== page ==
According to their mission statement, the purpose of Seattle Pacific Students for Life club is to educate students about the issues surrounding abortion and connect them to resources.
The Students for Life club invited different Seattle organizations to participate in a panel responding to crisis pregnancy on Thursday, May 19, in Demaray 150.
Students were spread thin throughout the large lecture hall as the panel competed with other happenings on campus. However, the low attendance did not phase the participants.
Club President sophomore Elizabeth Knodel organized the event by reaching out to local resources for women.
“We connected with a lot of these organizations,” Knodel said of the club. The representatives contributed to a discussion revolving around an important yet often uncomfortable topic in the Christian university setting.
“I wanted to be a part of providing resources for women especially on campus,” Knodel said.
Knodel said that she has come to realize the lack of conversation surrounding what happens to women who become pregnant on campus. For example, if their scholarships or housing could be in danger, or other negative consequences from the circumstance.
She explained that after attending meetings with the club last year, she stepped into this leadership position to address the complexities surrounding pregnancy and help women on campus find resources to help them in the case of unexpected pregnancy.
The club has focused this year on research and connections to make information more available to students.
This panel was a step in that direction, although the club hopes to connect with health services and counseling services on campus.
From providing medical care to counseling and housing for pregnant women to adoption services, Women’s Accessible Medical Services, Empowering Hope, Antioch Adoptions and Special Delivery were the organizations represented along with their various roles in these situations.
Their positions ranged from a sonographer to a social worker to a physician and counselor.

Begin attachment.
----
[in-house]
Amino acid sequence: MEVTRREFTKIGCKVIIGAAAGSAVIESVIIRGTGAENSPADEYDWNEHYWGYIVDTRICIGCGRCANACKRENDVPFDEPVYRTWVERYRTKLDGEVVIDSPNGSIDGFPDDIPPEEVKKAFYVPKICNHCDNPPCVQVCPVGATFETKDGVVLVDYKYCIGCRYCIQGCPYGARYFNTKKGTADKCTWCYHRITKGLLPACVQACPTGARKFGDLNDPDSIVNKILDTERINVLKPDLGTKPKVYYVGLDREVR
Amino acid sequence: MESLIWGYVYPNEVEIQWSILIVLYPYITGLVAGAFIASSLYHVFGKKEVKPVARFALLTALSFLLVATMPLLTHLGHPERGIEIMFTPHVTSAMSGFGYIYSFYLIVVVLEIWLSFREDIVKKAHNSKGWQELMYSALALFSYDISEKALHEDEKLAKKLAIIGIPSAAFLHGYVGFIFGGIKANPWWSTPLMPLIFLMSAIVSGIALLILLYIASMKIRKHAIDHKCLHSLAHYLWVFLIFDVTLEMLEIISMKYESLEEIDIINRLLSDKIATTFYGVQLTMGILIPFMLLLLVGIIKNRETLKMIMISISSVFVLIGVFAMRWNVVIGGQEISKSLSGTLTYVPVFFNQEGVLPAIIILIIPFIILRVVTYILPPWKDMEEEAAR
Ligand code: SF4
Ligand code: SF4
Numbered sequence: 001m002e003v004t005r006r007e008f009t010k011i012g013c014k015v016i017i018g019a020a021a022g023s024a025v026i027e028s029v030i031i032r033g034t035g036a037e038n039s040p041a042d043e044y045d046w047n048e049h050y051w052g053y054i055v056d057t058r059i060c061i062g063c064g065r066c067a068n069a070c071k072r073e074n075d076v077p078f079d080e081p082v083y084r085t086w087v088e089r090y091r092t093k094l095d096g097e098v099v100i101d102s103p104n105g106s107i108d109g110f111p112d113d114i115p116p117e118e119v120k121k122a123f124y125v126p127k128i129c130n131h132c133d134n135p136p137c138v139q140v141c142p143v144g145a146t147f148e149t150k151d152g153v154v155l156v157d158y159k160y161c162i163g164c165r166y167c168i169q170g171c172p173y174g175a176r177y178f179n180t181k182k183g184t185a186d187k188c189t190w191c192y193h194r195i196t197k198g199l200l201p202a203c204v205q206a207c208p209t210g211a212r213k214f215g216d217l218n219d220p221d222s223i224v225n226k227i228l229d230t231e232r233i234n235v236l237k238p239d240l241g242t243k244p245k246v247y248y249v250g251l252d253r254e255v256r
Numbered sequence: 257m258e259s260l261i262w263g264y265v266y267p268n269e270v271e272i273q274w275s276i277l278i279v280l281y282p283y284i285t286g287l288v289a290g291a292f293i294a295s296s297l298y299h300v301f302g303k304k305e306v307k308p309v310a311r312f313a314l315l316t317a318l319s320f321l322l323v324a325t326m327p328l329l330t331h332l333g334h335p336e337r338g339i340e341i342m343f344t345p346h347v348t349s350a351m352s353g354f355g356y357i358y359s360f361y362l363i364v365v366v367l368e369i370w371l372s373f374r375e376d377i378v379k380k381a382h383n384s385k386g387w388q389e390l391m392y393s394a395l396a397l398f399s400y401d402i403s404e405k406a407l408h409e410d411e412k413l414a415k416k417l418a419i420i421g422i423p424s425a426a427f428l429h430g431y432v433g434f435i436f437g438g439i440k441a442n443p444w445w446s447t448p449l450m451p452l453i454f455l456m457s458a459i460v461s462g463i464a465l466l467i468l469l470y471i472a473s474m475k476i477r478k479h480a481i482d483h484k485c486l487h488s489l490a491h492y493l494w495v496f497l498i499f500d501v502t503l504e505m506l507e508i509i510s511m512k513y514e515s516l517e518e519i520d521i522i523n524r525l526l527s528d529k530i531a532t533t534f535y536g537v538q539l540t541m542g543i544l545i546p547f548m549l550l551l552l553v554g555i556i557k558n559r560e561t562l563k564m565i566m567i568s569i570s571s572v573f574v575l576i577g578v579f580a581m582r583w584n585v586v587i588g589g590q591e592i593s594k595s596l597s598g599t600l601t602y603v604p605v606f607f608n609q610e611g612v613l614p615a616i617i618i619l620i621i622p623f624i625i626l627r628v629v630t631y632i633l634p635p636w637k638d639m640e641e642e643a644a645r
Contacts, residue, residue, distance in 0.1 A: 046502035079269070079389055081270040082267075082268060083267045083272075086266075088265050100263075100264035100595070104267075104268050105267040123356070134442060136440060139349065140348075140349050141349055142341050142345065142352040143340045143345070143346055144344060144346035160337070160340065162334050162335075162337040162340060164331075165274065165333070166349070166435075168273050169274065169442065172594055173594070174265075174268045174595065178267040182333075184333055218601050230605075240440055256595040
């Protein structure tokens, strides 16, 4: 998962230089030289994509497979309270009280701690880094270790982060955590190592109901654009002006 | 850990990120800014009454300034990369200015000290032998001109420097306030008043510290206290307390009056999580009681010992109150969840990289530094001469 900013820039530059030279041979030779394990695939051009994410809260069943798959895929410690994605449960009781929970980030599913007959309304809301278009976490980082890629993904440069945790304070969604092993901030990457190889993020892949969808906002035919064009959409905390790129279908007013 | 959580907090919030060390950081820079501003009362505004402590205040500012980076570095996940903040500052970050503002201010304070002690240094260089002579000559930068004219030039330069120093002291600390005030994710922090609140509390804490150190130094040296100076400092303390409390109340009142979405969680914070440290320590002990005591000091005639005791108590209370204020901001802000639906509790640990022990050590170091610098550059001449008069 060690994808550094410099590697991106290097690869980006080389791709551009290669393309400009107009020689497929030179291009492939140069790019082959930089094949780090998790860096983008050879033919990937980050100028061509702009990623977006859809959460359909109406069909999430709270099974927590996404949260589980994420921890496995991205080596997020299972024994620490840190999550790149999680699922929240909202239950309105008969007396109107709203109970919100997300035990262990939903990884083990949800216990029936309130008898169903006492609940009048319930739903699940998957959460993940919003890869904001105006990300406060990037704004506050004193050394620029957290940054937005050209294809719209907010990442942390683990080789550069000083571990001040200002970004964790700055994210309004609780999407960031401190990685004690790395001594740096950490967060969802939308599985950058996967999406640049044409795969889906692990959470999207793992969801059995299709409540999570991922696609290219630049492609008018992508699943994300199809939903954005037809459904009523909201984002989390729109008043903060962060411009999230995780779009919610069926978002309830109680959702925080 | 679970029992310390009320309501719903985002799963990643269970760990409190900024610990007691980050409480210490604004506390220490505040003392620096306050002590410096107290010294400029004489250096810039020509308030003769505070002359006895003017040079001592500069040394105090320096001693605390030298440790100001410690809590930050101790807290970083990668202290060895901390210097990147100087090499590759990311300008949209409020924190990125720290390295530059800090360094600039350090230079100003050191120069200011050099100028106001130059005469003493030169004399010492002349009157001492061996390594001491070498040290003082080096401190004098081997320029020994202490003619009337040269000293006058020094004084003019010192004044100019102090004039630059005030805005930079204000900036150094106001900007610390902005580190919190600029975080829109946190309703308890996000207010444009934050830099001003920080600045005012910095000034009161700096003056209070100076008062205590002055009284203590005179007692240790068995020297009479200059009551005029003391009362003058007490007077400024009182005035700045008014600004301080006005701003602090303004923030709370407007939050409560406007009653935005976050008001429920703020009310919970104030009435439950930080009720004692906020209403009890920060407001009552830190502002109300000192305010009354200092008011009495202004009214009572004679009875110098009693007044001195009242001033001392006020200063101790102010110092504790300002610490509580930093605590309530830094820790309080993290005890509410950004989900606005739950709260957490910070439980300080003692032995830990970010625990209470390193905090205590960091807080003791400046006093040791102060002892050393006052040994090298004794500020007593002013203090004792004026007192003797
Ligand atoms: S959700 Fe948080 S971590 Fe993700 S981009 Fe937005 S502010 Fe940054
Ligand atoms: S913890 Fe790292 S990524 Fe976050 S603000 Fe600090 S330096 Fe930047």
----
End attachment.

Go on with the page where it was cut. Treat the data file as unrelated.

Core member junior Daniel Fenlason hosted the event, taking the participants through a list of questions that the panelists responded to in light of the resources they offer.
The questions prompted an hour long discussion over this issue.
Sue Rutherford, a physician who has helped establish WAMS, a medical service that provides important medical attention to women, spoke of the importance of her work.
“The women who are coming to us are trusting us with their personal stories,” she said. “That is a precious thing.”
Rutherford went on to explain that the goal of WAMS is mostly to educate and come alongside women during a difficult time and provide education.
Because Students for Life is SPU’s pro-life club, all of the panelists were from Christian organizations who are also pro-life. However, each panelist explained that the services provided did not exclude or shame women who choose to have an abortion.
“We seek to give women good information so that they are making informed decisions,” Rutherford spoke for WAMS. This, she explained means that they also provide services for women who have chosen to have an abortion.
In fact, the final question during the panel addressed how students should respond to a friend who finds out they’re pregnant.
Alyssa Allen who works for Antioch Adoptions responded with the value of listening.
“It’s important to listen in a non-judgmental way,” Allen said. “Also not being afraid of a relationship that might look a little different, but continuing to be there long-term.”
Rutherford chimed in at the end of Allen’s note.
“My father used to say ‘Who you are speaks so loud that I can’t hear what you’re saying,’” Rutherford explained that pregnancy does not change who that person is, though their life has changed.
She encourages students to walk alongside friends.
“Hold space for them.”